Louis Renault was on the verge of designing his own engines when the Type G appeared. Although still running with a single-cylinder De Dion powerplant, the car’s design was more accommodating than previous models, offering four comfortable seats and, underneath the front passenger seat, a fuel tank that allowed for a range of 200km. The brakes received particular attention, with the rear drums operated by a lever in addition to a pedal that activated a transmission-mounted system.
An “attractive and solid car that lives up to the reputation that the Renault brothers have established in the automotive sector”, remarked the press at the time.
Renault Type NN1 (1925): The first mass-produced car to be affordable for families
In 1922, the Type KJ marked Renault’s first footsteps in the world of small 6CV engines. Two years later, it was replaced by the NN, which inherited the same qualities of frugality and strength. A popular entry-level model, the NN represented the development of Renault’s mass production efforts: between its launch and 1929, almost 120,000 units were manufactured!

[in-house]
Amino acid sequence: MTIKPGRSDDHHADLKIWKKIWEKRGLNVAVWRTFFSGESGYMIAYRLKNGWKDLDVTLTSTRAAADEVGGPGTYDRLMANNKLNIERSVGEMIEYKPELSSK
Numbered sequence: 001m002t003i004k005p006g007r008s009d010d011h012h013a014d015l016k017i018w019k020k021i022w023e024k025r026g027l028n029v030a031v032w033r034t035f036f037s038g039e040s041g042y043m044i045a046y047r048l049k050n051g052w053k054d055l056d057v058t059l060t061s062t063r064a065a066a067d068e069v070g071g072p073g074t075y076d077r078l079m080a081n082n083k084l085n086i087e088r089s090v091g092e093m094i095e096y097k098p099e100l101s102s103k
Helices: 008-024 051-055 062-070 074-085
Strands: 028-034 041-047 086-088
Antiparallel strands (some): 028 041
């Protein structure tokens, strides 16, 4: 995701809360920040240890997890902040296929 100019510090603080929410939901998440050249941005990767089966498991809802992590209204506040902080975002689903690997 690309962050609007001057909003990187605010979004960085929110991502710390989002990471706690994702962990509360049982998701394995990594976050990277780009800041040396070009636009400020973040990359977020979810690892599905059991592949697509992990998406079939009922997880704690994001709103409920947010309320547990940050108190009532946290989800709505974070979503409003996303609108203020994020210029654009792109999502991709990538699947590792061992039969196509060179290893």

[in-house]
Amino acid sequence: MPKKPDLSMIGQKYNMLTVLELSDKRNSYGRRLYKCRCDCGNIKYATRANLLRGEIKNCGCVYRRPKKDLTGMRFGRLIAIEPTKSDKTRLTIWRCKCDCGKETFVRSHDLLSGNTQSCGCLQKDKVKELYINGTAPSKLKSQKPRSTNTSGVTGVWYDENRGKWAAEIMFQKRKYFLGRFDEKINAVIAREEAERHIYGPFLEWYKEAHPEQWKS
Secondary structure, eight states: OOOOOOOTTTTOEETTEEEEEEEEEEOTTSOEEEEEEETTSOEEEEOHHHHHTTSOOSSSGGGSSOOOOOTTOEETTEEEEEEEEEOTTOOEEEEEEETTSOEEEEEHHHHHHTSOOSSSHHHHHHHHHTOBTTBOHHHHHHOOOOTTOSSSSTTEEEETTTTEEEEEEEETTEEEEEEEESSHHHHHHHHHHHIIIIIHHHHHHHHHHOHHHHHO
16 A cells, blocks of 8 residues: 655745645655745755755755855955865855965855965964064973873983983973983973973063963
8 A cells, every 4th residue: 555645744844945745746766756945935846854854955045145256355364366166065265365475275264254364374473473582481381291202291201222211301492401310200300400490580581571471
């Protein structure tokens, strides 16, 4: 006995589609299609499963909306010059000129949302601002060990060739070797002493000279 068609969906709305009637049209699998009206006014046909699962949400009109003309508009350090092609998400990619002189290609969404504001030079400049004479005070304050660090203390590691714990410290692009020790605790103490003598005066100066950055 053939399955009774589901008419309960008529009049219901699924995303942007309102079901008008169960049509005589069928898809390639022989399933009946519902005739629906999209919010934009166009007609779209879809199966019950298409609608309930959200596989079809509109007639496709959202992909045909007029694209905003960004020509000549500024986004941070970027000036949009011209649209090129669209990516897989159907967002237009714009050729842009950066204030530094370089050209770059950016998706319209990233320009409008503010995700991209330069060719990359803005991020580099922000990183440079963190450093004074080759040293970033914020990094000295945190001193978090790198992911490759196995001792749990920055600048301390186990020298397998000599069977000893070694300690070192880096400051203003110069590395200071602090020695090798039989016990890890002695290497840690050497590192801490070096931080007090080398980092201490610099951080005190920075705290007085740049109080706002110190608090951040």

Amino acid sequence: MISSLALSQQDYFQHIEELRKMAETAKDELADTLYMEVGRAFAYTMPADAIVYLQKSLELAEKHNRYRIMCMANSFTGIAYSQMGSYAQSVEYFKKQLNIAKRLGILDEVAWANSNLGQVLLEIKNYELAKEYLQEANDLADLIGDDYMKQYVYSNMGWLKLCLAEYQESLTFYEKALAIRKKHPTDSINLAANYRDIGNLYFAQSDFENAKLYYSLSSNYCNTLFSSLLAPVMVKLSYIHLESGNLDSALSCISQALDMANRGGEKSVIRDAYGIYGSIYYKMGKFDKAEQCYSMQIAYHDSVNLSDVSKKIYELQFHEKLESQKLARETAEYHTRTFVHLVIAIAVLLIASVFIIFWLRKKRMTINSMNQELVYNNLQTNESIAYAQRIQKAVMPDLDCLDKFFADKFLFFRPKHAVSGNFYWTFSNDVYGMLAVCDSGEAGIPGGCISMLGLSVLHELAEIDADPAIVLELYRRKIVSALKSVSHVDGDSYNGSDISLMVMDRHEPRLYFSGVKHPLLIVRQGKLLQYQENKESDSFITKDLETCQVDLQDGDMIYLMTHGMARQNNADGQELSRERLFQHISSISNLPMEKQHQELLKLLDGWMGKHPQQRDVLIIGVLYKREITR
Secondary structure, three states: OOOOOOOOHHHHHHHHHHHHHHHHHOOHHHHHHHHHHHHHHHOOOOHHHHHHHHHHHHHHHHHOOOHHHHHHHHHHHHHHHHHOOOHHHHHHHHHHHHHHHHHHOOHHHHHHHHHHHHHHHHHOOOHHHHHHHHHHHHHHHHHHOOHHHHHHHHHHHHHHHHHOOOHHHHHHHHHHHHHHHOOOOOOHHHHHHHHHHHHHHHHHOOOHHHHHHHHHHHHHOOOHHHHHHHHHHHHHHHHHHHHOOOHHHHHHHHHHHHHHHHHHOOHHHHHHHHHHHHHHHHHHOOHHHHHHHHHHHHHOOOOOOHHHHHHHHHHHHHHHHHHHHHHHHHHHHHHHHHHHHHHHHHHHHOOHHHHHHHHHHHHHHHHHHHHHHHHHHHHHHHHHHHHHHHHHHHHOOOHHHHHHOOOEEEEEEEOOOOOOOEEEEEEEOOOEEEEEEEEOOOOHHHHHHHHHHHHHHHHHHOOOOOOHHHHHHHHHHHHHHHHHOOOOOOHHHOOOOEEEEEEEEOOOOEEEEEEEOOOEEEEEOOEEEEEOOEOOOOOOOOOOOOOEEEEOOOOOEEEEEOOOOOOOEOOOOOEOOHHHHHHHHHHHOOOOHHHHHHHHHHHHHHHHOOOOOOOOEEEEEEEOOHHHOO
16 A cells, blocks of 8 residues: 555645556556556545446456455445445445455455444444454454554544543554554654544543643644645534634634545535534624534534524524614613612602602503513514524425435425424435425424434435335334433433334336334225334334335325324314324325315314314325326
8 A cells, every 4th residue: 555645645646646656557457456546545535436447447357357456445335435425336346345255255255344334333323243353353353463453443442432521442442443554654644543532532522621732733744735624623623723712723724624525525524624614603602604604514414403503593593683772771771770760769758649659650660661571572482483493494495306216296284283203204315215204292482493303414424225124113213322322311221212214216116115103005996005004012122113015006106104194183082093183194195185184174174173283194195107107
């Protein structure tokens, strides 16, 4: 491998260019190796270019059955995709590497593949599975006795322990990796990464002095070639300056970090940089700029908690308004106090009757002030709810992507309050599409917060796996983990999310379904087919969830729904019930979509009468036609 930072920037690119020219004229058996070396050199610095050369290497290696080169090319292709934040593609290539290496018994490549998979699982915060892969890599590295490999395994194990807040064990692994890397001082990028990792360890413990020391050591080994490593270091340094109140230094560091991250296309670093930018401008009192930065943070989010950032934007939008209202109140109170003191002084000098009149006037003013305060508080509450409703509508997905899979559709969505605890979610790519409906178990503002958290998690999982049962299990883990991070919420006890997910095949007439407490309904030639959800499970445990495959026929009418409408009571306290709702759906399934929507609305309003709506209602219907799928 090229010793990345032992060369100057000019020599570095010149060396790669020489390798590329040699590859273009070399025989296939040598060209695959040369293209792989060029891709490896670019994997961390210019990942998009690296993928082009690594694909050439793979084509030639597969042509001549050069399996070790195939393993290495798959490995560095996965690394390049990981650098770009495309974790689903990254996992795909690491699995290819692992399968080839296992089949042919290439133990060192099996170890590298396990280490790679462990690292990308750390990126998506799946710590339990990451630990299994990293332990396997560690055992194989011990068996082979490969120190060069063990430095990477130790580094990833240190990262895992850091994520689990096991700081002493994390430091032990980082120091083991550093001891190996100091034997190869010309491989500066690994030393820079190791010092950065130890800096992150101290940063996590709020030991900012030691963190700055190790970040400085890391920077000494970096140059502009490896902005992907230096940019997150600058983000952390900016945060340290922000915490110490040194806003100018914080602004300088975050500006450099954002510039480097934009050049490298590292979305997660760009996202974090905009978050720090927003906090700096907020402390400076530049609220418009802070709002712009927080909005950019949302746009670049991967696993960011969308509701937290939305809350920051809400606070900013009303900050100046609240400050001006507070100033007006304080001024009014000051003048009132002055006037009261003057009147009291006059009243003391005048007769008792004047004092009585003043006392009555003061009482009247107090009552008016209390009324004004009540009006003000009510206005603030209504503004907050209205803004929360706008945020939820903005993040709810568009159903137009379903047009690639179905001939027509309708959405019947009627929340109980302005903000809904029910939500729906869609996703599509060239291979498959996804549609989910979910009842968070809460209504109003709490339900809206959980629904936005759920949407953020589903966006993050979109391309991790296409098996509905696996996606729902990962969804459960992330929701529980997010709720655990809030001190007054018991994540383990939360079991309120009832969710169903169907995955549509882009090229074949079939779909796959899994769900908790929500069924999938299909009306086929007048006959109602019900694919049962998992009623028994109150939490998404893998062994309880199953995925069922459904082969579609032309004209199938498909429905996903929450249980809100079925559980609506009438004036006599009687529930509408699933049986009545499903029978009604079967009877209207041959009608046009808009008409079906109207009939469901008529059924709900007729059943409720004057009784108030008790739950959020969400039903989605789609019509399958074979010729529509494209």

Renault Scénic concept car (1991): In-car comfort, relevant technologies, safety and responsible performance
Unveiled in 1991 at the Frankfurt Motor show, the Scénic concept car’s name was an acronym of Safety Concept Embodied in a New Innovative Car.